“Teachers have been using pens and paper and blackboards in place of technology”

The horror! Cyber attack shut down Idaho school district.

District spokeswoman Kathleen Tuck said the attack came from an email, but officials have not found the specific email that caused it. The district has shut down its network, cutting off internet access to all schools.

There is virtually no technical information on the nature of the attack, but given that it appears to be “Microsoft” only that’s impacted, and an email source, I’m going out on a limb and guess phishing, and ransomware, and probably something that should not be in the news like WannaCry, because I’m betting all those PCs were running un-patched WindowsXP. But admitting that after all the news on WannaCry, the news of the Florida cities hit with ransomware, and the latest incident hitting Texas cities, actually admitting that you haven’t done a damn thing about cyber security in more than two years won’t look good on a résumé.

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23 Texas Cities Hit by Ransomware

Are cities ready to do anything about this yet? New ransomware strike kicks 23 Texas agencies offline.

That’s the regular media article, so it contains virtually no technical info. But that’s the state of the regular media. Well at almost the end of the article, they do quote ZDNet by mentioning Sodinokibi ransomware also known as REvil.

So let’s look at ZDNet: Over 20 Texas local governments hit in ‘coordinated ransomware attack’

The attack took place on Friday morning, August 16, US time, when several smaller local Texas governments reported problems with accessing their data to the Texas Department of Information Resources (DIR).

Texas does have a statewide office for dealing with this crap, so at least there is someone for the impacted cities to call, but being hit by 23 cities at one time is going to stretch their resources. (That’s a guess on my part BTW.) And in a statement that surprises no one, this is all the result of a single bad person or group.

There are some indications that the OSTAP Trojan is how this thing moved around in the networks.

UPDATE: Lubbock County was also targeted, but was able to contain the ransomware fairly early on, and was not impacted. The Texas DIR reports that about one quarter of the towns hit in this attack have been able to resume operations. Via ARS Technica.

I am still trying to find some info on how this attack got into 20 plus cities/counties at the same time. At a guess, I would say phishing. The bad guys formulated an email, pretended to be from someone people working for cities and counties in Texas would trust. (Someone from the state, or an association of mayors or something.) And they were in with either TrickBot or OSTAP Trojan. (Both of those are often found together.) But the FBI likes to limit any information coming out while they investigate, though most of the “press people” from the cities wouldn’t understand the technical side of things, even if the DIR/Tech support folks had time to brief them.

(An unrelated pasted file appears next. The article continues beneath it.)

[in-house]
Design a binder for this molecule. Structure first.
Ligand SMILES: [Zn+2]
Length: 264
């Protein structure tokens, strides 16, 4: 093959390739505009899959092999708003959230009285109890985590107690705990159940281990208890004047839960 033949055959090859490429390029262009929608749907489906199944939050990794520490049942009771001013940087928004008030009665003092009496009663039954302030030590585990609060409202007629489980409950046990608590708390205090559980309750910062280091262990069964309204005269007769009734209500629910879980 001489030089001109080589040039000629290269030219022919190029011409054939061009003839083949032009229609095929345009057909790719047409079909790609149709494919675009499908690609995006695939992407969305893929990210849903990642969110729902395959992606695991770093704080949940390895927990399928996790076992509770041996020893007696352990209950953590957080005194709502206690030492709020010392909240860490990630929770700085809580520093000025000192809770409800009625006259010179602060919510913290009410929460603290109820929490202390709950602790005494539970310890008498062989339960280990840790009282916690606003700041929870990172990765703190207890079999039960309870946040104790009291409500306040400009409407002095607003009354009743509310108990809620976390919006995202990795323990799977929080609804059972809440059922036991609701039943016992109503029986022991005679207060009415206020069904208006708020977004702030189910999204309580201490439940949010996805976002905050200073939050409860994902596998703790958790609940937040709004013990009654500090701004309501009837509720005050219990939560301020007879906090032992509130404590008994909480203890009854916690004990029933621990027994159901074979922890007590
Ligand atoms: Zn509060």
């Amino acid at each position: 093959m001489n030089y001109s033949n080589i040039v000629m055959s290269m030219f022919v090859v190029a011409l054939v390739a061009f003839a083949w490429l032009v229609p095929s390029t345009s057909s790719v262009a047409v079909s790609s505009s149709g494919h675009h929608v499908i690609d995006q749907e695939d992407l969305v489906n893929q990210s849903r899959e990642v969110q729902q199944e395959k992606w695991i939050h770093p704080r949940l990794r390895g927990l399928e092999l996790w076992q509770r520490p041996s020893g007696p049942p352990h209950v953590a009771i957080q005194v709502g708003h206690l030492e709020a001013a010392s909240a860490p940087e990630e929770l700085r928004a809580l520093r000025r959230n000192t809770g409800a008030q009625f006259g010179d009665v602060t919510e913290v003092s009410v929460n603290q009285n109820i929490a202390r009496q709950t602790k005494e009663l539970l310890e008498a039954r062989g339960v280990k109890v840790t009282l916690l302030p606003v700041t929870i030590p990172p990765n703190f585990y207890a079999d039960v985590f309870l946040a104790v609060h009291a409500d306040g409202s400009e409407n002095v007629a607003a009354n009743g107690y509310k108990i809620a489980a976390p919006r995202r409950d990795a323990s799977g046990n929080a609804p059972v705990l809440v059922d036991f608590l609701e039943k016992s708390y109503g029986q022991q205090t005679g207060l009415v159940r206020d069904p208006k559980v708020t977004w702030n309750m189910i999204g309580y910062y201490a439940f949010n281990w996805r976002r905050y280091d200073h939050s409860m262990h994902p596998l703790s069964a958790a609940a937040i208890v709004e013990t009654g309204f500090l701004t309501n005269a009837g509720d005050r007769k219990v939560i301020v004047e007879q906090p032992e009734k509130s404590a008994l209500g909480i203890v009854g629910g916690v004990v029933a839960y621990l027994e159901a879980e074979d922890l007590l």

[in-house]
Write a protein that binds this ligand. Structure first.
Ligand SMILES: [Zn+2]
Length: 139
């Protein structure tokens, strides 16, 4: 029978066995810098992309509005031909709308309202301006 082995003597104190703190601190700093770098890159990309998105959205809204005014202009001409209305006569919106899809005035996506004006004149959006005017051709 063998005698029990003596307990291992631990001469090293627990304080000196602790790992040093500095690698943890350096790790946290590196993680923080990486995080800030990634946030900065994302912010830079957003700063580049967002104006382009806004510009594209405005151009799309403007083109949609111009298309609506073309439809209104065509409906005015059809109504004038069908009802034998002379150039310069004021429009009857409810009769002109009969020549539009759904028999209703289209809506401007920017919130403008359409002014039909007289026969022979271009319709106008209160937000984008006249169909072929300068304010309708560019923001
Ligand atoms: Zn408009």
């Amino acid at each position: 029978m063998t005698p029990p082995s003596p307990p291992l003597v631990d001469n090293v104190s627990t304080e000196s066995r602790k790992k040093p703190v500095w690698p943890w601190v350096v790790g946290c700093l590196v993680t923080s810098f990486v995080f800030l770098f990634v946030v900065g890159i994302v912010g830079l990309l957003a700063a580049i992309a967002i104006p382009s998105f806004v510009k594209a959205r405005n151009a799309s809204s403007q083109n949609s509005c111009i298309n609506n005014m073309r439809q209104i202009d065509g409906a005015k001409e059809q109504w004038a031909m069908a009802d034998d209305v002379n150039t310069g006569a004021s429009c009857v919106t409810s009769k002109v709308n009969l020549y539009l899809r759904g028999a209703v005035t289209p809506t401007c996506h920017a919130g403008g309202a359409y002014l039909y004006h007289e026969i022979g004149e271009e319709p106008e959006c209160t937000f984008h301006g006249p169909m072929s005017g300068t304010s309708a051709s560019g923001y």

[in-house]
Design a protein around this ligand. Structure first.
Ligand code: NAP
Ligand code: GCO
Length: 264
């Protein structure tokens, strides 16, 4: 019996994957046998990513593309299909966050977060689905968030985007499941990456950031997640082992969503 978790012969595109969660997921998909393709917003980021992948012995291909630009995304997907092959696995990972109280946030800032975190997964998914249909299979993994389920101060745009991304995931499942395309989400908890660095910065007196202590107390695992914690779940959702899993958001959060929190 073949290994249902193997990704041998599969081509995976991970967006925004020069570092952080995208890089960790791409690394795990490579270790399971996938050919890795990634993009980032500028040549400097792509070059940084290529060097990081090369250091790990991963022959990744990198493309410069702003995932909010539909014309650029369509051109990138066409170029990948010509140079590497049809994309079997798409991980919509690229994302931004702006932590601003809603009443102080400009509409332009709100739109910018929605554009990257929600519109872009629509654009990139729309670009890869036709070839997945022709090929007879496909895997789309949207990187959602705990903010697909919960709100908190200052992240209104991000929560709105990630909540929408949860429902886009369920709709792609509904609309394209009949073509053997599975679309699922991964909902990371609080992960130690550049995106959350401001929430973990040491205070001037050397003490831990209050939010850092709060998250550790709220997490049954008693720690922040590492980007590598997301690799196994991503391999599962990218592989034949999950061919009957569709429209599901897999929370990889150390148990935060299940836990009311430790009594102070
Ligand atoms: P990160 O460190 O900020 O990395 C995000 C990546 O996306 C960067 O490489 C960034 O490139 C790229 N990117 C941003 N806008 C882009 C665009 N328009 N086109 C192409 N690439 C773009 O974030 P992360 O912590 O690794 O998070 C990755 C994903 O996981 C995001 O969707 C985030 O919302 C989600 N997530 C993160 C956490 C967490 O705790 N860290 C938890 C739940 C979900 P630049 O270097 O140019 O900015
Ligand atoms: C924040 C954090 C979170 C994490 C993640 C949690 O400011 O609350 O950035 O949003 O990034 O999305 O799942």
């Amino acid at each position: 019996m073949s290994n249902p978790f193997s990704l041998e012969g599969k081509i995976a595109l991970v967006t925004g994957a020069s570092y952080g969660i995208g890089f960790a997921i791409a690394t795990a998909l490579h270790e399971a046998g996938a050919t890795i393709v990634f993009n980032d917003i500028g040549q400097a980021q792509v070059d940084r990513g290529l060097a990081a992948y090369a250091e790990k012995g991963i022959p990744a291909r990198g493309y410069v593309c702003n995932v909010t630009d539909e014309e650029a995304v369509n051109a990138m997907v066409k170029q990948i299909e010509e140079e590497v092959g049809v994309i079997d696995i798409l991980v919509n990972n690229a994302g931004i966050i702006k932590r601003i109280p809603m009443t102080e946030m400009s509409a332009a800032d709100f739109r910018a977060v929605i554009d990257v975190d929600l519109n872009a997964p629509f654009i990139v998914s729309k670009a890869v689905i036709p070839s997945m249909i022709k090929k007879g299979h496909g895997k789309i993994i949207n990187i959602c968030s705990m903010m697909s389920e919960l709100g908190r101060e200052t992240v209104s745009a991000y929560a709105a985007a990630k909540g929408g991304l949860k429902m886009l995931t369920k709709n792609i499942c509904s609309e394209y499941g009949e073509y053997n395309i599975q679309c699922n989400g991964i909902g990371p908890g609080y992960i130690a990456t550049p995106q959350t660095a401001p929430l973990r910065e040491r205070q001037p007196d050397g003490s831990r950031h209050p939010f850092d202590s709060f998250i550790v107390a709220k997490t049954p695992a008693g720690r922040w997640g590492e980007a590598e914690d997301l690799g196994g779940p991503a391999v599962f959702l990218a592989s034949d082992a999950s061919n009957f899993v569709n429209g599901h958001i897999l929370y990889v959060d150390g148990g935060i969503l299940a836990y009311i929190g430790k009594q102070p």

Bluetooth Is Not Secure

More observations on Bluetooth security from Steve Gibson. Via the Show Notes from Security Now, episode 728. Security Now! #728 – 08-20-19

Our longtime listeners will recall that I have several times observed that there is a large though brief period of inherent vulnerability during Bluetooth pairing. You have two unauthenticated devices hoping to perform a secure negotiation. It’s simply not possible to do that securely without some covert out-of-band channel. It’s just not.

There is a constant push today for everything to be easy. Easy is not secure.

You can find the video for Security Now at This Week In Tech TV. Security Now 728 – The KNOB is Broken. If you aren’t interested in all of Security Now, the bit on Bluetooth starts at 1 hour and 45 minutes from the start of this week’s episode. Also see my first posting on this vulnerability.

If There’s a Security Flaw in Steam, But Valve Refuses to Acknowledge It…

Does it still make a noise? You bet. Researcher publishes second Steam zero day after getting banned on Valve’s bug bounty program.

So a security researcher finds an Escalation of Privilege/Local Privilege Escalation bug in Steam, the gaming engine from Valve. He reports it. They say it isn’t a problem. When he tries to make the report public (Valve just said it isn’t a problem) they lock the report, and when he reports it anyway they ban him from the bug-bounty program. And they (try to) fix the problem. (Turns out their fix needs a fix.)

SO when the original security researcher found a 2nd zero-day exploit, he was banned from the bug-bounty program, so he just turned it lose on the world.